• $\begingroup$ @n_bandit, interesting article... but it doesn't disprove that any adequate pigments might evolve and be adequate in the absence of anything better. Sure, water can be split using the energy from a red photon, and higher energy photons be stepped down in energy via absorption and emission, but a pigment might use high energy photons to split multiple water molecules with 1 photon, or CNOH chemistry might be supplemented with other chemistries such as Sulphur, resulting in different needs, such as photosynthetic splitting of hydrogen sulfide. The optimal colours of such pigments would differ. $\endgroup$ – Monty Wild Feb 16 '18 at 22:22

The way I am reading your question, you are asking about the mechanism of photosynthesis in alien plants, which would affect the colour of the leaves (or whatever sunlight collecting mechanism these plants use).

On Earth, the primary pigment for photosynthesis is chlorophyll, and green chlorophyll pigments evolved to take advantage of the major component of solar radiation entering the Earth's atmosphere. Around different stars, the plants would preferentially absorb different wavelengths of light. Around a hotter star, plants may look yellow or orange (or possibly blue; reflecting away the more dangerous energetic radiation), while around redder stars, plants might become black. (see: http://www.solstation.com/life/a-plants.htm)

Other parts of the plants may still be colourful, in order to serve other purposes. Flowers and fruit are brightly coloured in order to attract pollenating insects, or animals to eat ripened fruit and spread the seeds, so if there are analogues to pollenating insects or mobile animals to spread seeds, then we might expect similar adaptations from the plants. Other colour codes include warnings that certain parts of the plant are poisoned. Other adaptations may be possible depending on the environment and how plants evolve to adapt to them.

Larry Niven popularized the "Sunflower"; a plant with a reflective coating to focus sunlight on a photosynthetic nodule. This might evolve in places where sunlight was very weak. Of course Niven's sunflower also could refocus the sunlight to burn competing plants and even herbivores who might eat the sunflowers. (the scorched plants and animals would die and fertilize the soil the sunflowers would soon occupy...).

Another possible "plant" analogue might exist around a planet similar to Jupiter, with leaves that are metallized and pass through the magnetic field of the primary, generating electrical energy. You might also imagine a "plant" which uses chemosynthesis living near a hot vent under the ocean as well.

Nature will always find a way.


We have red and blue plants right here on earth. China’s Red Sea Beach, Panjin comes to mind: http://www.grindtv.com/random/chinese-wetland-has-beachgoers-seeing-red/#gEPwaeBVU5cACojl.97

This red grass, known as sueda (seepweed) remains highly tolerant of the area’s alkaline soil. In April at the start of sueda's growth cycle, it exhibits a light red color, then turns green during summer, before maturing to the deep crimson color in September. This might suggest that green plants are better suited for the intense sunlight of summer, but that other colors may thrive in an environment with certain soil compositions and a weaker and more defuse sunlight.

But basically, it all comes down to chlorophyll. Chlorophyll absorbs red and blue light and reflects green frequencies. On early earth, microbes used another molecule called retinal, which reflects red and blue light and absorbs green. (Bacteriorhodopsin is another such molecule.) Some scientists theorize that chlorophyll evolved in latecomer lifeforms that couldn't compete with the retinal using lifeforms, and so evolved to take advantage of the frequencies of light that retinal based life ignored: http://www.livescience.com/1398-early-earth-purple-study-suggests.html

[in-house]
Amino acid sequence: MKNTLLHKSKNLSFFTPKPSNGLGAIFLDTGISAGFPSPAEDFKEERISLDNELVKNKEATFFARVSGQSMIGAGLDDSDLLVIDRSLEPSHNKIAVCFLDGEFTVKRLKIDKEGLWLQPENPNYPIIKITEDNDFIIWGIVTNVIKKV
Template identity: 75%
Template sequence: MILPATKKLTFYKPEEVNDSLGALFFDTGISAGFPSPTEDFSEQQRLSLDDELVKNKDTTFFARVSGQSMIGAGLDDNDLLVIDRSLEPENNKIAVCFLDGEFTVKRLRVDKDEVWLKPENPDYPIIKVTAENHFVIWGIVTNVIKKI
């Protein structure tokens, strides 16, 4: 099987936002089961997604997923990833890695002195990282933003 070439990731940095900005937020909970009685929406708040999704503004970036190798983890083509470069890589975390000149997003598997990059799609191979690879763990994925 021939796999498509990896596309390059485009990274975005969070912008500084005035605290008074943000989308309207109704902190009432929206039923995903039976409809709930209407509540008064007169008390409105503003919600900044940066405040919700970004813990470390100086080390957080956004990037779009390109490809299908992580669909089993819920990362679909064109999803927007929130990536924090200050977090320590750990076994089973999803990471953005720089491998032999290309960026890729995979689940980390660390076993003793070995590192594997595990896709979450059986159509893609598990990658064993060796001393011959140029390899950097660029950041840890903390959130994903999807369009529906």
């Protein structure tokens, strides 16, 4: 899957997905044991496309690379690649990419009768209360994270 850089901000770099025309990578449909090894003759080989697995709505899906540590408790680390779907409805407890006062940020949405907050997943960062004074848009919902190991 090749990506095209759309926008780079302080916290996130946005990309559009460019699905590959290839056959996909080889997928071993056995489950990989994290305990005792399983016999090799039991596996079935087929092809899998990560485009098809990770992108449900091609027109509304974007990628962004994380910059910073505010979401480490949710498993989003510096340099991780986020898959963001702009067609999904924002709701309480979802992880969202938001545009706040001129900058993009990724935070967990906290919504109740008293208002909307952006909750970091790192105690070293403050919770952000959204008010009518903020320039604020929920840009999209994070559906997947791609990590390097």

Dominant life on early Earth might have been purple with chlorophyll- and retinal-based organisms living side-by-side. Chlorophyll based life won out due to the greater efficiency of chlorophyll over retinal at utilizing its preferred wavelengths of light. One can easily imagine on some distant alien world that its flora evolved another hued molecule, due to local light wavelengths and soil conditions, which sports an even greater efficiency than chlorophyll. Black earth anybody?!?



You have to consider the rest of the life on the planet.

If you can imagine a situation that can cause your animals to ingest and disperse seeds based on colour, then plants red in colour will continue to be distributed.

Perhaps the planet has some really odd limitations around its position to its star, its chemical composition, or its geographical features. It could be such that the water and soil content (which is very red in colour) is healthy for the plant species on the planet.

This could be an initial startup for the phenotype, and it might be sufficient if the soil is such that simply everything that grows there is red in colour.

Once other organisms come along and start dispersing the plants by ingesting them and spreading their seeds, they learn that non-red plants don't have the health benefits. Maybe non-red plants are really toxic because they typically grow in hostile environments but still manage to survive.

So plants that are red in colour are spread more than those non-red plants, leading to a primary plant colour of red on the planet, where non-red is in sparse locations.


re: sunlight — Atmosphere could affect which frequencies of light are more abundant.

re: soil — Oxidized iron is reddish (think of mars) and Bromine is reddish-brown (but is very toxic and doesn't occur much on Earth). An abundance of other elements or compounds might cause a different color.

Other factors that might influence plant color...

  • The dumb luck of evolution. (example: A pink bacteria got the first foothold on life and everything else is either bootstrapped from it, and.or it is at the bottom of the food chain.)
  • Being silicon-based instead of carbon based. (Not sure what effect this would have exactly. Everything is gray or clearish?)
  • World actually created by a mad scientist/wizard.